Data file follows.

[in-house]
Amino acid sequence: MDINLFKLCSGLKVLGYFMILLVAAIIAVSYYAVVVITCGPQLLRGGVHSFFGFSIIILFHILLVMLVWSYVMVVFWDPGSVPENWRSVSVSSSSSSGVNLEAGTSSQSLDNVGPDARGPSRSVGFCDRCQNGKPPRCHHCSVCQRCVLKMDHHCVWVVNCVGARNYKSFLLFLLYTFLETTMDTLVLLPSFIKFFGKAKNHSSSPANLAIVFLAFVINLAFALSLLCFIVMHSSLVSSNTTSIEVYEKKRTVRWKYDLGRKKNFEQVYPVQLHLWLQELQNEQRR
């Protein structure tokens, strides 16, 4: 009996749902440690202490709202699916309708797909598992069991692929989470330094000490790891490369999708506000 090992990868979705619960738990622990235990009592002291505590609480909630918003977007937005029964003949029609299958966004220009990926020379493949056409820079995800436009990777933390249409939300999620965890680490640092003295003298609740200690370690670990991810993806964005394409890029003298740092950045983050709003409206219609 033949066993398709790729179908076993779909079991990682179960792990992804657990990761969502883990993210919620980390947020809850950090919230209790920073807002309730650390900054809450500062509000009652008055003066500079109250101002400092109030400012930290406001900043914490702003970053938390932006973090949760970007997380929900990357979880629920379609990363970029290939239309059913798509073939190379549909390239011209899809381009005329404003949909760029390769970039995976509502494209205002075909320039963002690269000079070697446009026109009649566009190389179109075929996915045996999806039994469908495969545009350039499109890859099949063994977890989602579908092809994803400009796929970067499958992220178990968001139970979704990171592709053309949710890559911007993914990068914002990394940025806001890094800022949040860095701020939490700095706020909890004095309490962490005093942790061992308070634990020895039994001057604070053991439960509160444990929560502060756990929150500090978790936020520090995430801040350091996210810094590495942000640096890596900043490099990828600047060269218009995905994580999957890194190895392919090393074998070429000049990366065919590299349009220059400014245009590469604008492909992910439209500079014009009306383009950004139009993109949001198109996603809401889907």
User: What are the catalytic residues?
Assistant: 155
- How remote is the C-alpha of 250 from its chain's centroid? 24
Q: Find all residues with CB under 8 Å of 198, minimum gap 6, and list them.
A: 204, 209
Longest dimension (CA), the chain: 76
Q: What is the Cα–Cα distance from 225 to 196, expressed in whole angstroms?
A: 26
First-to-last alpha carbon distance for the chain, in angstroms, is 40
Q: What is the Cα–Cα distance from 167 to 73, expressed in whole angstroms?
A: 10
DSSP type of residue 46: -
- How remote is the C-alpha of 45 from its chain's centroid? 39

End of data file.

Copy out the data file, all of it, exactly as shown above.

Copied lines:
[in-house]
Amino acid sequence: MDINLFKLCSGLKVLGYFMILLVAAIIAVSYYAVVVITCGPQLLRGGVHSFFGFSIIILFHILLVMLVWSYVMVVFWDPGSVPENWRSVSVSSSSSSGVNLEAGTSSQSLDNVGPDARGPSRSVGFCDRCQNGKPPRCHHCSVCQRCVLKMDHHCVWVVNCVGARNYKSFLLFLLYTFLETTMDTLVLLPSFIKFFGKAKNHSSSPANLAIVFLAFVINLAFALSLLCFIVMHSSLVSSNTTSIEVYEKKRTVRWKYDLGRKKNFEQVYPVQLHLWLQELQNEQRR
């Protein structure tokens, strides 16, 4: 009996749902440690202490709202699916309708797909598992069991692929989470330094000490790891490369999708506000 090992990868979705619960738990622990235990009592002291505590609480909630918003977007937005029964003949029609299958966004220009990926020379493949056409820079995800436009990777933390249409939300999620965890680490640092003295003298609740200690370690670990991810993806964005394409890029003298740092950045983050709003409206219609 033949066993398709790729179908076993779909079991990682179960792990992804657990990761969502883990993210919620980390947020809850950090919230209790920073807002309730650390900054809450500062509000009652008055003066500079109250101002400092109030400012930290406001900043914490702003970053938390932006973090949760970007997380929900990357979880629920379609990363970029290939239309059913798509073939190379549909390239011209899809381009005329404003949909760029390769970039995976509502494209205002075909320039963002690269000079070697446009026109009649566009190389179109075929996915045996999806039994469908495969545009350039499109890859099949063994977890989602579908092809994803400009796929970067499958992220178990968001139970979704990171592709053309949710890559911007993914990068914002990394940025806001890094800022949040860095701020939490700095706020909890004095309490962490005093942790061992308070634990020895039994001057604070053991439960509160444990929560502060756990929150500090978790936020520090995430801040350091996210810094590495942000640096890596900043490099990828600047060269218009995905994580999957890194190895392919090393074998070429000049990366065919590299349009220059400014245009590469604008492909992910439209500079014009009306383009950004139009993109949001198109996603809401889907």
User: What are the catalytic residues?
Assistant: 155
- How remote is the C-alpha of 250 from its chain's centroid? 24
Q: Find all residues with CB under 8 Å of 198, minimum gap 6, and list them.
A: 204, 209
Longest dimension (CA), the chain: 76
Q: What is the Cα–Cα distance from 225 to 196, expressed in whole angstroms?
A: 26
First-to-last alpha carbon distance for the chain, in angstroms, is 40
Q: What is the Cα–Cα distance from 167 to 73, expressed in whole angstroms?
A: 10
DSSP type of residue 46: -
- How remote is the C-alpha of 45 from its chain's centroid? 39